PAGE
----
Week Adjourned: 4.2.16 – Facebook, Gun Safety, Corinthian College

facebook logoTop Class Action Lawsuits

Facebook Data Mining for (Ad) Dollars? This is very disheartening, if the allegations are proved true. A privacy class action lawsuit has been filed against Facebook and several high profile cancer institutes, alleging FB mined private health data from websites of the cancer institutes to generate advertising campaigns.

The cancer institutes named as co-defendants in the proposed class action are: the American Cancer Society Inc., American Society of Clinical Oncology Inc., Melanoma Research Foundation, Adventist Health System, BJC Healthcare, the Cleveland Clinic, and the University of Texas-MD Anderson Cancer Center.

Filed by Winston Smith, a registered Facebook user and Missouri resident, the 88-page complaint claims the medical institutes’ websites include a secret “Facebook code” that allow users’ data to be transmitted to Facebook, which then creates targeted advertising campaigns.

“Without the knowledge, consent, or any action of the user, the entire process happens in milliseconds,” the complaint states.

According to Smith, he searched for lung cancer information on the American Cancer Society’s website, Cancer.org. The information he sought and any links he clicked then were sent to Facebook without his knowledge and without his consent.

“Despite Cancer.org’s Privacy Policy, the Plaintiff’s communications to and from Cancer.org were contemporaneously re-directed to, tracked, intercepted, and acquired by Facebook through the process described above,” Smith alleges. “Upon these and other communications, Plaintiff’s cancer-related communications were disclosed to, tracked, and intercepted by Facebook through cookies and other identifiers.”

In the complaint, Smith asserts that users of such websites “trust” that their personal details of their cancer-related searches and browsing with not be shared with third-parties. The complaint also notes that Facebook, itself, does not disclose in its data and privacy policies that it tracks and collects such “sensitive information.”

The lawsuit was filed in the US District Court for the Northern District of California.

Gun Safety Gone Wrong? This one kind of redefines defective products. A class action lawsuit has been filed against the gun manufacturer/importer Century Arms, alleging the safety levers on certain models are defective. Terrific.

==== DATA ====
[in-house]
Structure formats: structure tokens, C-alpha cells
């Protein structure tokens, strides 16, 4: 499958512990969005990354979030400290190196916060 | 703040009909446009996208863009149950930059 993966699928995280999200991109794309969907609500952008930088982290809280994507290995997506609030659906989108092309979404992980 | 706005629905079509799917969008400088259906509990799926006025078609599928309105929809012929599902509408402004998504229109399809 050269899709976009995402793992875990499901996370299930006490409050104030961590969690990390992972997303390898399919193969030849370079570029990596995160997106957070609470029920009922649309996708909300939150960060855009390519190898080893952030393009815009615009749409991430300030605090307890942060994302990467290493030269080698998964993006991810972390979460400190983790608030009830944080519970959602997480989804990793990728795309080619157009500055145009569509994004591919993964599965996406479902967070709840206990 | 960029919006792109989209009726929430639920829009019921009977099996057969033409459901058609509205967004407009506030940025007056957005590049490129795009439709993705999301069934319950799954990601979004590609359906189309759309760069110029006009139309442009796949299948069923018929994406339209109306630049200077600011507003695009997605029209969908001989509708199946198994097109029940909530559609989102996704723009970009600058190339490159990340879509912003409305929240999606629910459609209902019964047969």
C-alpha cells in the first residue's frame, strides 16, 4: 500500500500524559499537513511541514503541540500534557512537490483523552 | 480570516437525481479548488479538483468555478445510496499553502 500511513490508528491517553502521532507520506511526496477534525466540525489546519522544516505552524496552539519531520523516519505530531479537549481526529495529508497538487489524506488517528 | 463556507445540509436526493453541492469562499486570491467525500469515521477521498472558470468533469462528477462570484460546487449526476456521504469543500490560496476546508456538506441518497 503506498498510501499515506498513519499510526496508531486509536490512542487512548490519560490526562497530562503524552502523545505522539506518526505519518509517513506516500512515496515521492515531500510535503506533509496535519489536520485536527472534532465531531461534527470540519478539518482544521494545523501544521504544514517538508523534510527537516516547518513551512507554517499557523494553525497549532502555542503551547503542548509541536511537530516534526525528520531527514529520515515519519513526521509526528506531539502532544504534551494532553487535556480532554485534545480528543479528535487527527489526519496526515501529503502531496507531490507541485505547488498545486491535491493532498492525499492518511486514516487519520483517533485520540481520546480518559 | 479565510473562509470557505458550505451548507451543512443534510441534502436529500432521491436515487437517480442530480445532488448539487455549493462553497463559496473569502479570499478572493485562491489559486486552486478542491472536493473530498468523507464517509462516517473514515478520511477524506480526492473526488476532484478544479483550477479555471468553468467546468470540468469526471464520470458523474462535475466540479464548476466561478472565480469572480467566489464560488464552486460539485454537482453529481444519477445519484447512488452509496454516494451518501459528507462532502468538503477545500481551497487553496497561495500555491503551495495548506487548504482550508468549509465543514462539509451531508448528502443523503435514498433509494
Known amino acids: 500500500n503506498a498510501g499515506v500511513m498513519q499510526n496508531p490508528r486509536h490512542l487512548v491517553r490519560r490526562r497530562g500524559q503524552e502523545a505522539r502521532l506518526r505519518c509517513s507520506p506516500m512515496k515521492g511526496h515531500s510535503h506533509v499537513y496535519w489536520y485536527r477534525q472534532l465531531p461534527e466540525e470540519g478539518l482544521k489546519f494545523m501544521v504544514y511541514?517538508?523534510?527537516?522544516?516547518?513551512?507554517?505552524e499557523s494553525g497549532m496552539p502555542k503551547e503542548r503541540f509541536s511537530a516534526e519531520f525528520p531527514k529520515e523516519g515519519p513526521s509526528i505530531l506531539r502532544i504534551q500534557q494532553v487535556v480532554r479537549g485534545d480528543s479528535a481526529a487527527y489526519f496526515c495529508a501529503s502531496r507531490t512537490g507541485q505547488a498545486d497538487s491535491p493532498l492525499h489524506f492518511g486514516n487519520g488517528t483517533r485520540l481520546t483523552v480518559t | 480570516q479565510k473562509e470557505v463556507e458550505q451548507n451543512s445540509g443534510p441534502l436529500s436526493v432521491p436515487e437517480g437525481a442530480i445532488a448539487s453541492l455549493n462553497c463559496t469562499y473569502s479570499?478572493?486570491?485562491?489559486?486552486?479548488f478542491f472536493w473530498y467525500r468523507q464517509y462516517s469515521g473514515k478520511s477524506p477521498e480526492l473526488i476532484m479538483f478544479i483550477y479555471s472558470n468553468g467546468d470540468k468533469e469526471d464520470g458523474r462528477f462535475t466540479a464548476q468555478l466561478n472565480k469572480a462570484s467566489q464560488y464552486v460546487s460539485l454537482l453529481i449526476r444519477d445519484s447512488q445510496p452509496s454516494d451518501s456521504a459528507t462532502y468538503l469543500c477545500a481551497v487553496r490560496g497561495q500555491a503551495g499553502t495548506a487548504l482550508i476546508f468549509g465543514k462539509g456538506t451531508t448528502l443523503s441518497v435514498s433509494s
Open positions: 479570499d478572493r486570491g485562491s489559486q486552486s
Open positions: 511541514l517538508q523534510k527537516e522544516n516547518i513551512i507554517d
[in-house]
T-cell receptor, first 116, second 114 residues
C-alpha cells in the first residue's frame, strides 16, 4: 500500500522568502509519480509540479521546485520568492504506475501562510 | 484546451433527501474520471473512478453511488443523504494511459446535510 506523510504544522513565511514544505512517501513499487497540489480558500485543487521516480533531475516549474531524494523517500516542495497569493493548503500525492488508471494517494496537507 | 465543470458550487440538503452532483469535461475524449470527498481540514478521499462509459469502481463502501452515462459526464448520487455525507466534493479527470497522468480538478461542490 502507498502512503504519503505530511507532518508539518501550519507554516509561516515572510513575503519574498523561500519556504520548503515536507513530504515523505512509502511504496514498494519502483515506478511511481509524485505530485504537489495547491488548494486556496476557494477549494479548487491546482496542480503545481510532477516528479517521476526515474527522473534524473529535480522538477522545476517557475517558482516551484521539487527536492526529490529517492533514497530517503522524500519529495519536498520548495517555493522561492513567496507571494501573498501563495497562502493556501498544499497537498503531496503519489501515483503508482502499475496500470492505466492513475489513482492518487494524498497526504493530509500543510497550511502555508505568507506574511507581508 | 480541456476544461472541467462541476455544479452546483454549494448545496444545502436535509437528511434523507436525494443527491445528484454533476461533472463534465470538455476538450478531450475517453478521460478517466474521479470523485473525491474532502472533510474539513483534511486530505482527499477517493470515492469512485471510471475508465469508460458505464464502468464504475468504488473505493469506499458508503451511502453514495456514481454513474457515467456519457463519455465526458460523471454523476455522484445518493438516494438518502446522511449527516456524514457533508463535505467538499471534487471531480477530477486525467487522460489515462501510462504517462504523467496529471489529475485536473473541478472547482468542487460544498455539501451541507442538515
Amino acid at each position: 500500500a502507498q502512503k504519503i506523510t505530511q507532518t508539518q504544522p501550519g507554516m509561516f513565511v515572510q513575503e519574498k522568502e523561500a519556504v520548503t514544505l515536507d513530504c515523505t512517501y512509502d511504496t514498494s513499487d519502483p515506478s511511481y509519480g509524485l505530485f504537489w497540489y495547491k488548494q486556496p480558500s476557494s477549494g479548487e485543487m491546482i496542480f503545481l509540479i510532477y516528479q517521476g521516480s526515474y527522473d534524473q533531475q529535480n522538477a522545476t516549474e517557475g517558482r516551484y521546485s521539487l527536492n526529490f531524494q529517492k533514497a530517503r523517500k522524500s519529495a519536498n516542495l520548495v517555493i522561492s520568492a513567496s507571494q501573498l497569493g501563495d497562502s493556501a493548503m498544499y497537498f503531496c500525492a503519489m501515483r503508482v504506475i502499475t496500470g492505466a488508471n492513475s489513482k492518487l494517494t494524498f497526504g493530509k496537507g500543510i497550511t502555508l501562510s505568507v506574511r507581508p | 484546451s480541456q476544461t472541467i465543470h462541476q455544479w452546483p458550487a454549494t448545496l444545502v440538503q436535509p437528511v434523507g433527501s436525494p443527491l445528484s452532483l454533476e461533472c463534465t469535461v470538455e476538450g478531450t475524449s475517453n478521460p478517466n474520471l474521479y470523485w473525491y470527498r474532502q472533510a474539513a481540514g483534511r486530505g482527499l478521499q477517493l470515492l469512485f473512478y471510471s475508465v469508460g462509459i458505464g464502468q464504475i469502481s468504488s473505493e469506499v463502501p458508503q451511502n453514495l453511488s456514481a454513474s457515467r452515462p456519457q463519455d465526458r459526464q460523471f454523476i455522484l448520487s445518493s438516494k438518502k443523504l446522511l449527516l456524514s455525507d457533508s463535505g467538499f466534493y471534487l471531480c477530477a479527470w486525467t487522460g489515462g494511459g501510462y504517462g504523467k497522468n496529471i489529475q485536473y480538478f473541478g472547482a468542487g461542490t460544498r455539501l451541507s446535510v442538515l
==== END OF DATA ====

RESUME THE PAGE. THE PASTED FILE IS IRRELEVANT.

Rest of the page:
Specifically, the Century rifles lawsuit contends that numerous Century-branded AK rifles and pistols are equipped with a safety selector lever that can be pushed above the “safe” position. In turn, a user can then unknowingly disengage the safety mechanism and accidentally discharge the gun without pulling the trigger.

According to the complaint, the problem is linked to the firearm’s “inadequate design, manufacturing, and testing,” and adds the feature “will not prevent and has not prevented accidental discharge of the guns.” 

Further, the plaintiffs cite a YouTube video which shows the alleged defect as being the result of Century maintaining a full-auto safety selector rather than modifying it with a semi-auto safety selector, much like its competitors.

Based in Delray Beach, Florida, Century is a known importer of Russian surplus weapons including AK-47 rifles. According to federal law, the company must modify the firearms to comply with U.S. regulations before entering them in commerce.

The plaintiffs contend that Century is aware of the defect as it changed the safety selector on current models. However, the lawsuit notes, Century has never issued a warning to the public or recalled defective models.

“Century is aware that the Class AK-47 Rifles and Pistols have fired as result of the Safety Selector defect, and it is only a matter of time, if not already, before individuals are seriously injured or killed,” the lawsuit states.  At a loss for words here.

The class consists of plaintiffs from across the US who have experienced an unintentional discharge with their Century firearm due to the safety lever. In most of the cases, the safety lever advanced beyond the safe position to cause the gun to fire without the pull of the trigger. In one case, a round discharged inside an apartment, ripping through the wall and entering the neighboring unit. None of the instances resulted in injury or death.

The class action suit accuses Century of violating 10 counts of state and federal laws that protect consumers. 

Top Settlements

Corinthian College Takes a $1.1B Hit. And justice prevails…in the form of a $1.1 billion judgment handed down against the for-profit Corinthian Colleges Inc. (CCI), for its alleged predatory and unlawful business practices. It’s about time.

The lawsuit was filed by the office California Attorney General Kamala D. Harris.

The now defunct CCI allegedly misrepresented training programs and job placement rates, and pushed students into high interest loans. A lawsuit was also filed by Attorney General Martha Coakley, against the school.

According to Harris’ office, CCI intentionally targeted low-income, vulnerable Californians through false advertising and aggressive marketing campaigns. The organization purportedly misrepresented job placement rates and school programs. It conducted this false advertising via the Internet, telemarketing and television ad campaigns. 

Ok, that’s a wrap folks…See you at the bar.

Week Adjourned: 3.6.15 – Facebook, Celgene, Tech Workers

FB Dislike buttonTop Class Action Lawsuits